Tech Talk #58 – Just for Fun

DavidTechArticlesBy David Reher, Reher-Morrison Racing Engines

“The reality is that racing is a form of recreation for most participants.”

I don’t know whether absence truly makes the heart grow fonder, but I do know that it changes your perspective. After living on the front lines of the Pro Stock wars for nearly 30 years, I’m now enjoying some time away from the trenches. While I still respect the intensity of the competition in Pro Stock, I’ve gained a new appreciation for a side of our sport that’s sometimes overlooked by professionals: Racing is fun.

It was one of my sportsman customers who reminded me of this eternal truth. He said, “You guys don’t look like you’re having much fun in Pro Stock” – and I had to agree. Winning is certainly fun, but when you’re working 80-hour weeks and praying that you get the good lane in the fast qualifying session, it’s sometimes easy to lose sight of the big picture.

The fact is that the vast majority of racers in all forms of motorsports aren’t in it for the money. The cost of building, maintaining and racing a car almost always exceeds whatever prize money and sponsorship dollars that a racer can hope to bring in. The reality is that racing is a form of recreation for most participants. People enjoy the competition, camaraderie and sense of accomplishment that racing fosters. I imagine that people who are passionate about bass fishing, skeet shooting or golf would say the same thing about their sports.

What sets racing apart from other pastimes is speed. Going fast is definitely fun. For many racers, speed is an addictive adrenaline rush that leaves you wanting more. Without indulging in psycho-babble, I’ll simply make the observation that the need for speed and the competitive nature of drag racers have dramatically affected our engine business. We’re building bigger, more powerful engines for sportsman racers, and there’s no end in sight.

When we built our first “crate motors” at Reher-Morrison Racing Engines in the early ’80s, a 454-cubic-inch big-block was considered a big engine. But a 454 is a mouse motor alongside today’s giants. Now we’re building 747, 762, and 800+ cubic inch engines – and the only apparent restraint on this explosion in engine displacement is the availability of parts to build even larger powerplants.

What’s the impetus behind big-inch, big-horsepower motors? Racing that emphasizes having fun and going faster than your friends. Go-fast racing series are springing up nationwide, from Top Sportsman in the East and ADRL in the South and Midwest to Top Comp on the West Coast. There are more opportunities for racers to run with the gas pedal planted firmly on the floor, without throttle stops, stutter boxes, and indexes.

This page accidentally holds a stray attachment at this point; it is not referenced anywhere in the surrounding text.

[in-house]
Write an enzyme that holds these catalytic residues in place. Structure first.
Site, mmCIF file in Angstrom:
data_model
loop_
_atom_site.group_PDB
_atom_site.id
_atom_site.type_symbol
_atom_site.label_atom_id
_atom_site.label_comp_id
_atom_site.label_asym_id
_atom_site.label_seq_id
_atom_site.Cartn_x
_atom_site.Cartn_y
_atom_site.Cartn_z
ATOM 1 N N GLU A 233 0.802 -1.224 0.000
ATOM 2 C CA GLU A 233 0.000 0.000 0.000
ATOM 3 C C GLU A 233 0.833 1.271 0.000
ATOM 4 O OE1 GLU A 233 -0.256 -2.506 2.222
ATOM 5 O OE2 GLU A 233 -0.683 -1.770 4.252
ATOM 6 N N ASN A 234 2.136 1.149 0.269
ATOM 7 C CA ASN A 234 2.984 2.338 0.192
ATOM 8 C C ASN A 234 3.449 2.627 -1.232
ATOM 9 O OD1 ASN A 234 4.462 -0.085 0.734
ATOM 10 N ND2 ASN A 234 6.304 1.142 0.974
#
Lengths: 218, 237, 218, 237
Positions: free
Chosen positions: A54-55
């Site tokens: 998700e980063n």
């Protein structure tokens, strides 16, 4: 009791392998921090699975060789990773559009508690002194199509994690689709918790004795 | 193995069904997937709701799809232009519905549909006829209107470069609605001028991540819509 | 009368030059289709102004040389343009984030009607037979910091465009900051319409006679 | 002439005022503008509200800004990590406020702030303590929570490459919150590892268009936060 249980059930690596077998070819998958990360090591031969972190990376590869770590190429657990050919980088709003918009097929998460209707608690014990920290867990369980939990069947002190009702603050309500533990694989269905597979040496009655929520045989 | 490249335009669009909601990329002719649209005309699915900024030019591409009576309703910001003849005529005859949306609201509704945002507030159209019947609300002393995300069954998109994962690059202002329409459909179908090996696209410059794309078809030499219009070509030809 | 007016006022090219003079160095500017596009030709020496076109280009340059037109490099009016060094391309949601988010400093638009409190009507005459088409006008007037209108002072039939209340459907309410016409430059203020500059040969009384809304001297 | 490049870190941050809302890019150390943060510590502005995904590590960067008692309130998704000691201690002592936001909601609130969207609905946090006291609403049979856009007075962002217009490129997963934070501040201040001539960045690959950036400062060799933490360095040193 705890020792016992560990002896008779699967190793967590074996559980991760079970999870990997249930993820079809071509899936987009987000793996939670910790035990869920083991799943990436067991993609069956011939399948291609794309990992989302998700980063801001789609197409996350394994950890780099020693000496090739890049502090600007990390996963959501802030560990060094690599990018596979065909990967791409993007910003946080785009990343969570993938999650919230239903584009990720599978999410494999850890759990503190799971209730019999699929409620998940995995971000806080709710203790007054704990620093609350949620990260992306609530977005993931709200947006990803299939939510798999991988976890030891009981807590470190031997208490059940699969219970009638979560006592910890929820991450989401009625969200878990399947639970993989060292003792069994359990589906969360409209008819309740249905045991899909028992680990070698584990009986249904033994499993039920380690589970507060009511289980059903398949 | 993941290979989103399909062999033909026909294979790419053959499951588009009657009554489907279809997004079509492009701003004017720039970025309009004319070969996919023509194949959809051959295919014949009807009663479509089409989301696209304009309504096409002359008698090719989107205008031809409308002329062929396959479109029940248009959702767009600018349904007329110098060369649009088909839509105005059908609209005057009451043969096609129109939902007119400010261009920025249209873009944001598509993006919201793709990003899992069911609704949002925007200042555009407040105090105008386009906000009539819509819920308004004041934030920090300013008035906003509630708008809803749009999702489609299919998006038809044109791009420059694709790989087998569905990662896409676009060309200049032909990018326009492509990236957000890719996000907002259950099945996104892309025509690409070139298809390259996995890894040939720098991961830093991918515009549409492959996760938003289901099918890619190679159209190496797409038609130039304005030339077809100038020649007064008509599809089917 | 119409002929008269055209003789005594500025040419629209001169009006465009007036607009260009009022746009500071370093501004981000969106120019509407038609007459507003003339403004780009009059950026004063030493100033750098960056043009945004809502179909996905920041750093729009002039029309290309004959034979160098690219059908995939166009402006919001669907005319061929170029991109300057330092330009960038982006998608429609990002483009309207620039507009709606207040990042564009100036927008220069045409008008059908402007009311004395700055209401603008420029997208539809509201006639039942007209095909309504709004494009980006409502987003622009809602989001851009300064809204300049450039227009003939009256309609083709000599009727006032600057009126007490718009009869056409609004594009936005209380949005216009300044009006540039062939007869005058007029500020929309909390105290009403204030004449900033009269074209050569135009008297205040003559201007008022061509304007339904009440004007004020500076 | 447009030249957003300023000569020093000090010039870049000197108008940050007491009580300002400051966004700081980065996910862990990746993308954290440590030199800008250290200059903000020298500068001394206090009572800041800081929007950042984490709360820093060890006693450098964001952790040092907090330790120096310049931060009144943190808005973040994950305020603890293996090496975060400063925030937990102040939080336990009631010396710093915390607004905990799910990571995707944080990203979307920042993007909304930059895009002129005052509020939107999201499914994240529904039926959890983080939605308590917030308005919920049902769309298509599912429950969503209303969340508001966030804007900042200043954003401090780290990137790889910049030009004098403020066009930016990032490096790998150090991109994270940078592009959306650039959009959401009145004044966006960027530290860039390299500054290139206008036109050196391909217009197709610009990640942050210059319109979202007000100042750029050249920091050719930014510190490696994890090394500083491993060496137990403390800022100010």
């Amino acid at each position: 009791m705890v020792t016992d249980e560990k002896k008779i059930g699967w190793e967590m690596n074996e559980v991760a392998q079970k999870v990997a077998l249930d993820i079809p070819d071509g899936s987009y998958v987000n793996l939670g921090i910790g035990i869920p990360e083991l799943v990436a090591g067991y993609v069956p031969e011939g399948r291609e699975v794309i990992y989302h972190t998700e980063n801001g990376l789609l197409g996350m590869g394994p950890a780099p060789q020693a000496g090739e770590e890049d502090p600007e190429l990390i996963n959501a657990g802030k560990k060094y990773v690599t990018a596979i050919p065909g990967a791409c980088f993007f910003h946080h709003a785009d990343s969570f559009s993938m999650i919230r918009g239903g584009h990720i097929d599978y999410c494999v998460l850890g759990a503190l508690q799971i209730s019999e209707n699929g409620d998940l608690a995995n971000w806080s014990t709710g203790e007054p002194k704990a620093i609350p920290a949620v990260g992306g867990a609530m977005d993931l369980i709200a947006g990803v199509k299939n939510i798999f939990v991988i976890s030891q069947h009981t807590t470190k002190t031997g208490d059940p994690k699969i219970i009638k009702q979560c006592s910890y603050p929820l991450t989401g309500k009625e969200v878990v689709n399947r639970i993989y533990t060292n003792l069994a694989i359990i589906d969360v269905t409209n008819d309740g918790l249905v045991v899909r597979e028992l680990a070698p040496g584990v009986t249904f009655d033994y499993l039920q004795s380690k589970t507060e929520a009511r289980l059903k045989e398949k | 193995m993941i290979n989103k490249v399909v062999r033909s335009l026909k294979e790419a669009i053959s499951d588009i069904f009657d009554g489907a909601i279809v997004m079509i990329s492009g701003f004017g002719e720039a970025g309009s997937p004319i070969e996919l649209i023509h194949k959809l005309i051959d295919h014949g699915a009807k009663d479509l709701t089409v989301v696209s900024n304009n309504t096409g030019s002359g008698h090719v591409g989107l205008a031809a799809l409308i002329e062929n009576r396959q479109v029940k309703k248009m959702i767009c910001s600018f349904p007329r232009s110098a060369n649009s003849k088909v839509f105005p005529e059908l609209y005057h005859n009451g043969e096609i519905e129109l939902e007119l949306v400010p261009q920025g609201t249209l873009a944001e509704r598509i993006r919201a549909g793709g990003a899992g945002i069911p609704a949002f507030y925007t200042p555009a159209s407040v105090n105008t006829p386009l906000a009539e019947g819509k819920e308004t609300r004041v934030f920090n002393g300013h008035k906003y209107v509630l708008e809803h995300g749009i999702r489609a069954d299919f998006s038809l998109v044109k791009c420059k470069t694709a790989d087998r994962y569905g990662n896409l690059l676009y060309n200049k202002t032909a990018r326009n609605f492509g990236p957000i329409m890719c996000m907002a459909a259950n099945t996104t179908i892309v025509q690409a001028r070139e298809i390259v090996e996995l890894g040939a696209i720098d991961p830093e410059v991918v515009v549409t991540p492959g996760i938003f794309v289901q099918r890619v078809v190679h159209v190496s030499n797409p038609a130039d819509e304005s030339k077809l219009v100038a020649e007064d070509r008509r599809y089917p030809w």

Several weeks ago I was out at Texas Raceway in Kennedale, an eighth-mile track near my home. There were more than 50 “outlaw” Pro Mods racing there, many of them running 3.90s and 4.0s. They were seriously fast cars – the e.t.s equate to low 6-second runs on a quarter-mile track. I hear similar numbers from customers in other parts of the country, with 48 cars qualifying for Top Comp in Division 7 and huge Top Sportsman shows in Florida, Georgia and the Carolinas. Chassis builders and transmission manufacturers tell me that business in fast doorslammers and dragsters is booming.

This isn’t inexpensive racing. Big-inch engines aren’t cheap to build, and many of them are powering brand-new Pro Stock-style Cobalts and GTOs that were built specifically for fast sportsman brackets. They’re typically owned by people who have achieved a position in life that allows them to devote a big chunk of their disposable income to drag racing. Running on a dial-in keeps everyone in the game; a racer doesn’t have to go home if he doesn’t have the fastest car in the field. The competitive urge ensures that the elapsed times get quicker and the speeds faster every year.

Aftermarket manufacturers have stepped up to meet the needs of this new market. I’ve seen a clear trend recently toward aluminum blocks as racers look for ways to cut weight to improve their e.t.s. We’re using Dart’s new cast-aluminum big-blocks for many of our big-inch engines – along with Dart’s new forged billet aluminum blocks that can be custom machined in virtually any configuration.

Big engines can make big power even with a conservative combination. With the quality of currently available valve springs, it’s possible to use a full inch of valve lift, spin the engine to 7800 rpm maximum, and still make nearly 1500 horsepower and 1200 ft./lbs. of torque with a relatively low-maintenance motor. If a customer is willing to inspect and maintain the valvetrain regularly, increasing the valve lift to 1.2-inch can add 100 horsepower. Of course, big engines do require specialized components, from long-stroke crankshafts to block and cylinder head castings with 5.0-inch bore spacing. Big motors also need a large capacity oil tank and a high-volume pressure stage in the dry-sump pump to meet the engine’s appetite for oil.

Since we started building big-inch aluminum engines, I’ve discovered a parallel universe of sand drags, rock-crawlers and other forms of motorsports I never imagined. The people who compete in these arenas are just as passionate as the drag racers who are pushing the envelope in Top Sportsman and Top Comp eliminators. The common denominator is that racing is about having fun – and beating the competition.